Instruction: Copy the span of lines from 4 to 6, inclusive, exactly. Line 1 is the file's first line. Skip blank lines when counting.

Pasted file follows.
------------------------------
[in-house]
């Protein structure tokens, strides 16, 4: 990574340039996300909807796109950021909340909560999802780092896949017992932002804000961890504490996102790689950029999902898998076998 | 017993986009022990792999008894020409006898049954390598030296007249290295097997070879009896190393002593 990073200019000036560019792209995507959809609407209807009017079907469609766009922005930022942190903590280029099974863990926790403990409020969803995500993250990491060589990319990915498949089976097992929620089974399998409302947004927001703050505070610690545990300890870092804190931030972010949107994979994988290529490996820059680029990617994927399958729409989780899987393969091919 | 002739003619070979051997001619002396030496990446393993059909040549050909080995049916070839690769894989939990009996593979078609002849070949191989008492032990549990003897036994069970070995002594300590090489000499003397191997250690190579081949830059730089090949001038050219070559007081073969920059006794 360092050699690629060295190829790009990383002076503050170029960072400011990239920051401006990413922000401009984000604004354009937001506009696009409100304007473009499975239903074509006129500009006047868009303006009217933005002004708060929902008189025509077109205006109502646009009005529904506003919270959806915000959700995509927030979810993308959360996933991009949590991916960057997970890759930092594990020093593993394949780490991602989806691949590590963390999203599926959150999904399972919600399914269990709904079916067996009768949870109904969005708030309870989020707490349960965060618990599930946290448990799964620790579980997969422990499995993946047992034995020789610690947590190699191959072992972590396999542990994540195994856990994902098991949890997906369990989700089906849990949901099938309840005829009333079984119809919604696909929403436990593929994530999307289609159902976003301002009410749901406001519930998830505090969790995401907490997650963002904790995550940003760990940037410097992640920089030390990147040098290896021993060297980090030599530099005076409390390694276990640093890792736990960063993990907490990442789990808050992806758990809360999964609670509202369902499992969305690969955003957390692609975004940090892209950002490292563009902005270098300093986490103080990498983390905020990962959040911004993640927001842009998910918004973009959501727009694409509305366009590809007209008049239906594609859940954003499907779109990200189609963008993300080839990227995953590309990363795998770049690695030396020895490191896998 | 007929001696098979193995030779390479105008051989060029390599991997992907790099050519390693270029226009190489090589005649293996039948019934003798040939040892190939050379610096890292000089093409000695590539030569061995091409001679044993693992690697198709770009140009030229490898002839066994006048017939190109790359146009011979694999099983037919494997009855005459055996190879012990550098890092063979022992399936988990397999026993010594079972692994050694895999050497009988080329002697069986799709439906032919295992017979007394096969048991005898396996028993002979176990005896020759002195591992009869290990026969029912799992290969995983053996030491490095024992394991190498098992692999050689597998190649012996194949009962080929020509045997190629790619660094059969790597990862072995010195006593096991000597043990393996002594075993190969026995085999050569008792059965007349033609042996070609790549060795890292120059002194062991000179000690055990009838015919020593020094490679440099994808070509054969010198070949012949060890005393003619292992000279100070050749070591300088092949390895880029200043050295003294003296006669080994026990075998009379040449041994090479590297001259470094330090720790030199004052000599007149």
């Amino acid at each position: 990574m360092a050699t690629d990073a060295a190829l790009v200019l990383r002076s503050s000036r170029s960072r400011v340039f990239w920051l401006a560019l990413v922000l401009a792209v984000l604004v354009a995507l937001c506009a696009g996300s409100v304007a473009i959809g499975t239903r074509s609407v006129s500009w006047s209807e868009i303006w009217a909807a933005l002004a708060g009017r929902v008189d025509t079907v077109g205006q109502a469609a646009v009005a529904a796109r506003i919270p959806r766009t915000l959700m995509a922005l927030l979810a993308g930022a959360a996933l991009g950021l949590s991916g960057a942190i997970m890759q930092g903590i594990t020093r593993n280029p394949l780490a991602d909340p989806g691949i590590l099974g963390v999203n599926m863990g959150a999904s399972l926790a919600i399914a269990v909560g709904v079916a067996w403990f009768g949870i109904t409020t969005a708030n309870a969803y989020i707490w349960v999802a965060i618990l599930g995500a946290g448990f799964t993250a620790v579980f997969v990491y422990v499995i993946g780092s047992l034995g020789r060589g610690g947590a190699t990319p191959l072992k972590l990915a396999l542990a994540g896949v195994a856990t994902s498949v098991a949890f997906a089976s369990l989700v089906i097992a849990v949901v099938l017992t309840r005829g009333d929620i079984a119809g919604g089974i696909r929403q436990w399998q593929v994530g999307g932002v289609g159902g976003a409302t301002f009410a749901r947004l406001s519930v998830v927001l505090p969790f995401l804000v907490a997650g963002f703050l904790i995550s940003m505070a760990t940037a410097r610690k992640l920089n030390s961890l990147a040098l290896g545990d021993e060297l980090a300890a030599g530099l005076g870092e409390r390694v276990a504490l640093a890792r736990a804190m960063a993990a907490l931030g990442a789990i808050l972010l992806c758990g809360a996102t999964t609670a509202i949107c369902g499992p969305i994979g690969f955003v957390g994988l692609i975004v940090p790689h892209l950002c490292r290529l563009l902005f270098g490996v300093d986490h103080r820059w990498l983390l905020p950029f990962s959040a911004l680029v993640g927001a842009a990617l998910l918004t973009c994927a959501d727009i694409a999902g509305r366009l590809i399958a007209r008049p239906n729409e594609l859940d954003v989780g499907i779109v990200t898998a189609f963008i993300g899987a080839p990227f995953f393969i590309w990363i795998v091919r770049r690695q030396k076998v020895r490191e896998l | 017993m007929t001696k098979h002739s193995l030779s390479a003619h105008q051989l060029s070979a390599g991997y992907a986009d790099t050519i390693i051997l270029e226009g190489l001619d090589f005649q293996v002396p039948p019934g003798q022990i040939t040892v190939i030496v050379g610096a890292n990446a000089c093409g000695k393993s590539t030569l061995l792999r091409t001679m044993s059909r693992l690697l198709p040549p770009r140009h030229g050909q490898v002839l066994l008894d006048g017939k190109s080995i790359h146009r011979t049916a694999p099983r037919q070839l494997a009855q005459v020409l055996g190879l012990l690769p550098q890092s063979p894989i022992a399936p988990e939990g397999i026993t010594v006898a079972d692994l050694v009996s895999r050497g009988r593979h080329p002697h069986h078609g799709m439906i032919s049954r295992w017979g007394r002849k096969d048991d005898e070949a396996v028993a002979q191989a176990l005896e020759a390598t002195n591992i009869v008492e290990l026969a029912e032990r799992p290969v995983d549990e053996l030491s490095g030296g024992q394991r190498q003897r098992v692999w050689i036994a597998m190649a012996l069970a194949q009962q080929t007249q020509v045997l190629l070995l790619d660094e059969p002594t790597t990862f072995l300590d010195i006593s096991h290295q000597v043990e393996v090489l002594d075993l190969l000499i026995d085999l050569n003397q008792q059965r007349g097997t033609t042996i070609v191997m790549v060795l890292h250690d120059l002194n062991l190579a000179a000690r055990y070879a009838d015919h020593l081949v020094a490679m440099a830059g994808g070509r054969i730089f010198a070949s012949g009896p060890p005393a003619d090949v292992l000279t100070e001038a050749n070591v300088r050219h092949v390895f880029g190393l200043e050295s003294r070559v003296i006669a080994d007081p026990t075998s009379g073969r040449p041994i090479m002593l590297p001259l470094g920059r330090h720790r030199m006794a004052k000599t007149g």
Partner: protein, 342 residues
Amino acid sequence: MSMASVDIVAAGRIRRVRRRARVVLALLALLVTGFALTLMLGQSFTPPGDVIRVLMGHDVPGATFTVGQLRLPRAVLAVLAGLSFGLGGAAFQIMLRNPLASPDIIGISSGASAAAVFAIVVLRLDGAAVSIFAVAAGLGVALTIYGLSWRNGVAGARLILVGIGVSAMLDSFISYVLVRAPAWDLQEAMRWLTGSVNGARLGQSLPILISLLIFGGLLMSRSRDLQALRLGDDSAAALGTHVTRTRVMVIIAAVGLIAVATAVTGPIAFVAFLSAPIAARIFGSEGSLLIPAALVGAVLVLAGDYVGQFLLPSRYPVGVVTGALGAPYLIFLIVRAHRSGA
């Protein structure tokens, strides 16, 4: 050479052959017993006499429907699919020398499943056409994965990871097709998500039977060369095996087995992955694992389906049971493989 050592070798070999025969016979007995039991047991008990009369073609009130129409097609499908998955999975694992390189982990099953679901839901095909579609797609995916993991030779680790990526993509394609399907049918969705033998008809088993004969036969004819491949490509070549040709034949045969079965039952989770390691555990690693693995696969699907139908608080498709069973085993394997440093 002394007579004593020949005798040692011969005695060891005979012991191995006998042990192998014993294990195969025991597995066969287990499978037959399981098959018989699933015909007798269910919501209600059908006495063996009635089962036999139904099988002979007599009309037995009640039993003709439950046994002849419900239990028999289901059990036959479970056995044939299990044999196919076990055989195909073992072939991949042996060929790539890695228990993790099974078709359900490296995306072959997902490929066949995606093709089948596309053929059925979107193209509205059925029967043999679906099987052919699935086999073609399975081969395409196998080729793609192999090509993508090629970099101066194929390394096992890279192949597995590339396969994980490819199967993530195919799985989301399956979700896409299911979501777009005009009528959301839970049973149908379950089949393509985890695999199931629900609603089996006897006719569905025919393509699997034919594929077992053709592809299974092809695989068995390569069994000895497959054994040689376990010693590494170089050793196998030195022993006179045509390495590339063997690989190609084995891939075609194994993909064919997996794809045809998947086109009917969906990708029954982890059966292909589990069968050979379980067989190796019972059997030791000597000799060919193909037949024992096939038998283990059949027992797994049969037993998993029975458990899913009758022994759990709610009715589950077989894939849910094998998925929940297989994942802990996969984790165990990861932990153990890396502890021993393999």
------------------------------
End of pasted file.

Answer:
Partner: protein, 342 residues
Amino acid sequence: MSMASVDIVAAGRIRRVRRRARVVLALLALLVTGFALTLMLGQSFTPPGDVIRVLMGHDVPGATFTVGQLRLPRAVLAVLAGLSFGLGGAAFQIMLRNPLASPDIIGISSGASAAAVFAIVVLRLDGAAVSIFAVAAGLGVALTIYGLSWRNGVAGARLILVGIGVSAMLDSFISYVLVRAPAWDLQEAMRWLTGSVNGARLGQSLPILISLLIFGGLLMSRSRDLQALRLGDDSAAALGTHVTRTRVMVIIAAVGLIAVATAVTGPIAFVAFLSAPIAARIFGSEGSLLIPAALVGAVLVLAGDYVGQFLLPSRYPVGVVTGALGAPYLIFLIVRAHRSGA
């Protein structure tokens, strides 16, 4: 050479052959017993006499429907699919020398499943056409994965990871097709998500039977060369095996087995992955694992389906049971493989 050592070798070999025969016979007995039991047991008990009369073609009130129409097609499908998955999975694992390189982990099953679901839901095909579609797609995916993991030779680790990526993509394609399907049918969705033998008809088993004969036969004819491949490509070549040709034949045969079965039952989770390691555990690693693995696969699907139908608080498709069973085993394997440093 002394007579004593020949005798040692011969005695060891005979012991191995006998042990192998014993294990195969025991597995066969287990499978037959399981098959018989699933015909007798269910919501209600059908006495063996009635089962036999139904099988002979007599009309037995009640039993003709439950046994002849419900239990028999289901059990036959479970056995044939299990044999196919076990055989195909073992072939991949042996060929790539890695228990993790099974078709359900490296995306072959997902490929066949995606093709089948596309053929059925979107193209509205059925029967043999679906099987052919699935086999073609399975081969395409196998080729793609192999090509993508090629970099101066194929390394096992890279192949597995590339396969994980490819199967993530195919799985989301399956979700896409299911979501777009005009009528959301839970049973149908379950089949393509985890695999199931629900609603089996006897006719569905025919393509699997034919594929077992053709592809299974092809695989068995390569069994000895497959054994040689376990010693590494170089050793196998030195022993006179045509390495590339063997690989190609084995891939075609194994993909064919997996794809045809998947086109009917969906990708029954982890059966292909589990069968050979379980067989190796019972059997030791000597000799060919193909037949024992096939038998283990059949027992797994049969037993998993029975458990899913009758022994759990709610009715589950077989894939849910094998998925929940297989994942802990996969984790165990990861932990153990890396502890021993393999």